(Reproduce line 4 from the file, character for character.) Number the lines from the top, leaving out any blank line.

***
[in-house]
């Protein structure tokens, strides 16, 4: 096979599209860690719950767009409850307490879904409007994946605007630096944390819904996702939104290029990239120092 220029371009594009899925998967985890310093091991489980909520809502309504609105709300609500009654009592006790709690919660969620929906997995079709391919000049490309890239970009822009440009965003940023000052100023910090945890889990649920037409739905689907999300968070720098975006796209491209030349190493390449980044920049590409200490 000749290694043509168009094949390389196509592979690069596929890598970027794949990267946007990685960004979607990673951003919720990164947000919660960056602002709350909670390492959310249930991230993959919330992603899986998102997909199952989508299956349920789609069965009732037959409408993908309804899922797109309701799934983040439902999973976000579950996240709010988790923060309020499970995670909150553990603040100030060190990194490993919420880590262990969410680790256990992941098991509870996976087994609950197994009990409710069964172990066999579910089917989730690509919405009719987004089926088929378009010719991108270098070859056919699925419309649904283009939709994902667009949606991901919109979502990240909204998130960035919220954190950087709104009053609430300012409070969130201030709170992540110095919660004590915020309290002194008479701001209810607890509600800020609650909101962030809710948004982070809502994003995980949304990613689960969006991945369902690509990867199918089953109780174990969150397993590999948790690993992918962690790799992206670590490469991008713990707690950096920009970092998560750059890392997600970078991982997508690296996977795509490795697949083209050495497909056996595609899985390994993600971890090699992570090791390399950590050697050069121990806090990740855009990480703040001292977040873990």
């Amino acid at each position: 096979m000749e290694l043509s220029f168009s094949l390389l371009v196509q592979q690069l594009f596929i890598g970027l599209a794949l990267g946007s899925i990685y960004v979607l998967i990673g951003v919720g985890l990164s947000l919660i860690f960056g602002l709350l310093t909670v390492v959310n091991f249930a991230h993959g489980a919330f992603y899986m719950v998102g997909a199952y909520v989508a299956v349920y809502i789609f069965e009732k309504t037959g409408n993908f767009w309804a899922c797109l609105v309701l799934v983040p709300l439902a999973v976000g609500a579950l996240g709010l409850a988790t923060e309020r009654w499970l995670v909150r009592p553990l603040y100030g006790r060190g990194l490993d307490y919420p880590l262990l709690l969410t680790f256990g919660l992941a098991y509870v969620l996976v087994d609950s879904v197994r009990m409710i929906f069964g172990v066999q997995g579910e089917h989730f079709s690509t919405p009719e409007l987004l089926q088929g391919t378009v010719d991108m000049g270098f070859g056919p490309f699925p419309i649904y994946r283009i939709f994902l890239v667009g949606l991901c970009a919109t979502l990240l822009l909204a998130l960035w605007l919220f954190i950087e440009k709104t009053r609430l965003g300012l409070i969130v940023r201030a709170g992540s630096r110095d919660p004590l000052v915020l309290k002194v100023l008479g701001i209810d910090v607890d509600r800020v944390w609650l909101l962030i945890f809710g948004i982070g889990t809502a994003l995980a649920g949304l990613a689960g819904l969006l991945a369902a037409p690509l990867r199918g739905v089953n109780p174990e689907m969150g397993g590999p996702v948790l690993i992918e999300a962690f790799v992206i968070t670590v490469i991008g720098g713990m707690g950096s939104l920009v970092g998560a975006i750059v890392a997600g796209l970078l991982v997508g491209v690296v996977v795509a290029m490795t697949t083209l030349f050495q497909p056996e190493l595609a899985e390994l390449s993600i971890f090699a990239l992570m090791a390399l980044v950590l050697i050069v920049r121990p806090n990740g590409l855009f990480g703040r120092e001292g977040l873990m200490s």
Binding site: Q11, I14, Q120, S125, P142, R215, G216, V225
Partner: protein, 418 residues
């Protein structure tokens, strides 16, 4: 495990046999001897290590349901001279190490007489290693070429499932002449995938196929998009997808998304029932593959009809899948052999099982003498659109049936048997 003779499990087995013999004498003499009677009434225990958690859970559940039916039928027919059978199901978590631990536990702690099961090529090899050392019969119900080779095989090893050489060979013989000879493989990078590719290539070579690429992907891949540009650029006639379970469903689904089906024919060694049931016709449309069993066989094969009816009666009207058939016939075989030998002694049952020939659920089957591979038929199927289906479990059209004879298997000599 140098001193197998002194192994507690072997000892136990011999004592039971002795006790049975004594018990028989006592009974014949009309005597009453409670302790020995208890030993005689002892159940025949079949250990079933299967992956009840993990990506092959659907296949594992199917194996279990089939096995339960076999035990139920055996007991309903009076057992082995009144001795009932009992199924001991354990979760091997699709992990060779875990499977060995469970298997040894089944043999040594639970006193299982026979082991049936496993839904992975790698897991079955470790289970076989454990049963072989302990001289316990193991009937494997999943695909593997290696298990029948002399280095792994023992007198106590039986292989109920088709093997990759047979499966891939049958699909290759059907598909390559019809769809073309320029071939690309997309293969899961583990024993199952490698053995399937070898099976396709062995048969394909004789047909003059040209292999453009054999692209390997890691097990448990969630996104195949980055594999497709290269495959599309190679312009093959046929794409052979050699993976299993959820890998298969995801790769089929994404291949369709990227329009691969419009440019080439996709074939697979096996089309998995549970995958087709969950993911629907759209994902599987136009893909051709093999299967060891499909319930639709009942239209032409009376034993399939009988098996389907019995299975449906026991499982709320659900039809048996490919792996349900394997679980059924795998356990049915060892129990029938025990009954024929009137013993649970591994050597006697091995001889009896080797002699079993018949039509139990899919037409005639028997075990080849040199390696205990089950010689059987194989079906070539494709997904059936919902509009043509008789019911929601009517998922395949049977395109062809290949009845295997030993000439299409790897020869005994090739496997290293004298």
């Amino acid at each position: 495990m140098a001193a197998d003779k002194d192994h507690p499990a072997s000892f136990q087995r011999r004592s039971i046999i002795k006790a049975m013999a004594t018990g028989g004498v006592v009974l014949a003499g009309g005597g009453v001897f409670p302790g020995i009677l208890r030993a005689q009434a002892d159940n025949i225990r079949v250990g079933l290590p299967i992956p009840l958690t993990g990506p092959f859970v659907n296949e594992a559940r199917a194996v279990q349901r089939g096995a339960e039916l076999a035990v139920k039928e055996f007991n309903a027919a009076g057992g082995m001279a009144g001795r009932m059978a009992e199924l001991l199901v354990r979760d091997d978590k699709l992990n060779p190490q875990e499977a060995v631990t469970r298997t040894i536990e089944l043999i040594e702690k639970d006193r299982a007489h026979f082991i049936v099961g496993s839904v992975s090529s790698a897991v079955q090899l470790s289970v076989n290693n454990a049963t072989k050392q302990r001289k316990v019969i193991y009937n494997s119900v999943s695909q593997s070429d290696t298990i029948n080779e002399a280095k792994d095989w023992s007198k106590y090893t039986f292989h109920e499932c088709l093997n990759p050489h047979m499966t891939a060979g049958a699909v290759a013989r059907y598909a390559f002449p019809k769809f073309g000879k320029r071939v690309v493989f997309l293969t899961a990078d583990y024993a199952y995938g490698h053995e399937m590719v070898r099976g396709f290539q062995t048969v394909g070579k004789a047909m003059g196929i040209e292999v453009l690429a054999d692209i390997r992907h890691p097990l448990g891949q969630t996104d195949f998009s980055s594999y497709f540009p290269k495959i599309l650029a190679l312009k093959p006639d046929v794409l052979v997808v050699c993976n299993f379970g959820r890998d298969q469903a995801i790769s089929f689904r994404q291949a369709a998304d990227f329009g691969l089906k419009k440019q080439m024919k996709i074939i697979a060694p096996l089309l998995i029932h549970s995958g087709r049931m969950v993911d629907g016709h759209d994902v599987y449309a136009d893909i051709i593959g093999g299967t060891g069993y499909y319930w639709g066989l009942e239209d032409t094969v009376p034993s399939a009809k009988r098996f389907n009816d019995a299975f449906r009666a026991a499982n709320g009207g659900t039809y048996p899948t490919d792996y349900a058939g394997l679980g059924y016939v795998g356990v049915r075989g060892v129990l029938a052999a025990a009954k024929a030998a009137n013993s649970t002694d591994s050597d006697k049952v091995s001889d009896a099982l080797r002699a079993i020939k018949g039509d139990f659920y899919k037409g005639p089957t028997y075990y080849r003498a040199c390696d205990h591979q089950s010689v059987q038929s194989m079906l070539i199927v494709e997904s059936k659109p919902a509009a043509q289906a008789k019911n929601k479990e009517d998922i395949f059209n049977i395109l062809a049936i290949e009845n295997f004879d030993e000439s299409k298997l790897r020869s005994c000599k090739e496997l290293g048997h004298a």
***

Binding site: Q11, I14, Q120, S125, P142, R215, G216, V225